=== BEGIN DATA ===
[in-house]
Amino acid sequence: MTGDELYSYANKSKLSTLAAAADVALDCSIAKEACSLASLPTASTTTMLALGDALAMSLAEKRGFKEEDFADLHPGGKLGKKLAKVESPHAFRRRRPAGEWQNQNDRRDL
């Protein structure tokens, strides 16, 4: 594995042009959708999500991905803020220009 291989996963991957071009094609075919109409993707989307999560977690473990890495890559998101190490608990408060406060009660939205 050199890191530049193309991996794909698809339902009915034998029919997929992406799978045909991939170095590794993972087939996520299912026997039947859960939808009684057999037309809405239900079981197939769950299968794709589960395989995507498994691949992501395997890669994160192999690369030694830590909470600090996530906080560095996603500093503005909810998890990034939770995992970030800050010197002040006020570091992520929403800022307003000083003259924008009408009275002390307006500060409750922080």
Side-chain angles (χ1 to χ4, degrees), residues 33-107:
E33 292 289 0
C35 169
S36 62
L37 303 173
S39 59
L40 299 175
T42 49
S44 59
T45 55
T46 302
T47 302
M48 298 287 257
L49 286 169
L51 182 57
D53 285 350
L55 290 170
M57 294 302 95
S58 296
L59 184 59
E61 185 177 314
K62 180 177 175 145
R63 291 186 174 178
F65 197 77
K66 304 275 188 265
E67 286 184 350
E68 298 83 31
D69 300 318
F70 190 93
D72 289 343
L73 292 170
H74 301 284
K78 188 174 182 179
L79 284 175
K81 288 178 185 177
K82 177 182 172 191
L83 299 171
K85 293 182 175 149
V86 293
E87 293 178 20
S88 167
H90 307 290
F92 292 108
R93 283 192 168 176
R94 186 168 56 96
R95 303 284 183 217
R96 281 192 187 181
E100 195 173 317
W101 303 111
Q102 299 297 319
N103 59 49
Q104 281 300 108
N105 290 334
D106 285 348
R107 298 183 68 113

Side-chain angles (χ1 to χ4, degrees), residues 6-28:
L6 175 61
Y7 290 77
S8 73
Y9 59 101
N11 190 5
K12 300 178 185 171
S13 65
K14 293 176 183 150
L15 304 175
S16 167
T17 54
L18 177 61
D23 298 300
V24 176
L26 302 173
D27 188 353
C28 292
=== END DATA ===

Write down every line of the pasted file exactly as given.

[in-house]
Amino acid sequence: MTGDELYSYANKSKLSTLAAAADVALDCSIAKEACSLASLPTASTTTMLALGDALAMSLAEKRGFKEEDFADLHPGGKLGKKLAKVESPHAFRRRRPAGEWQNQNDRRDL
């Protein structure tokens, strides 16, 4: 594995042009959708999500991905803020220009 291989996963991957071009094609075919109409993707989307999560977690473990890495890559998101190490608990408060406060009660939205 050199890191530049193309991996794909698809339902009915034998029919997929992406799978045909991939170095590794993972087939996520299912026997039947859960939808009684057999037309809405239900079981197939769950299968794709589960395989995507498994691949992501395997890669994160192999690369030694830590909470600090996530906080560095996603500093503005909810998890990034939770995992970030800050010197002040006020570091992520929403800022307003000083003259924008009408009275002390307006500060409750922080």
Side-chain angles (χ1 to χ4, degrees), residues 33-107:
E33 292 289 0
C35 169
S36 62
L37 303 173
S39 59
L40 299 175
T42 49
S44 59
T45 55
T46 302
T47 302
M48 298 287 257
L49 286 169
L51 182 57
D53 285 350
L55 290 170
M57 294 302 95
S58 296
L59 184 59
E61 185 177 314
K62 180 177 175 145
R63 291 186 174 178
F65 197 77
K66 304 275 188 265
E67 286 184 350
E68 298 83 31
D69 300 318
F70 190 93
D72 289 343
L73 292 170
H74 301 284
K78 188 174 182 179
L79 284 175
K81 288 178 185 177
K82 177 182 172 191
L83 299 171
K85 293 182 175 149
V86 293
E87 293 178 20
S88 167
H90 307 290
F92 292 108
R93 283 192 168 176
R94 186 168 56 96
R95 303 284 183 217
R96 281 192 187 181
E100 195 173 317
W101 303 111
Q102 299 297 319
N103 59 49
Q104 281 300 108
N105 290 334
D106 285 348
R107 298 183 68 113

Side-chain angles (χ1 to χ4, degrees), residues 6-28:
L6 175 61
Y7 290 77
S8 73
Y9 59 101
N11 190 5
K12 300 178 185 171
S13 65
K14 293 176 183 150
L15 304 175
S16 167
T17 54
L18 177 61
D23 298 300
V24 176
L26 302 173
D27 188 353
C28 292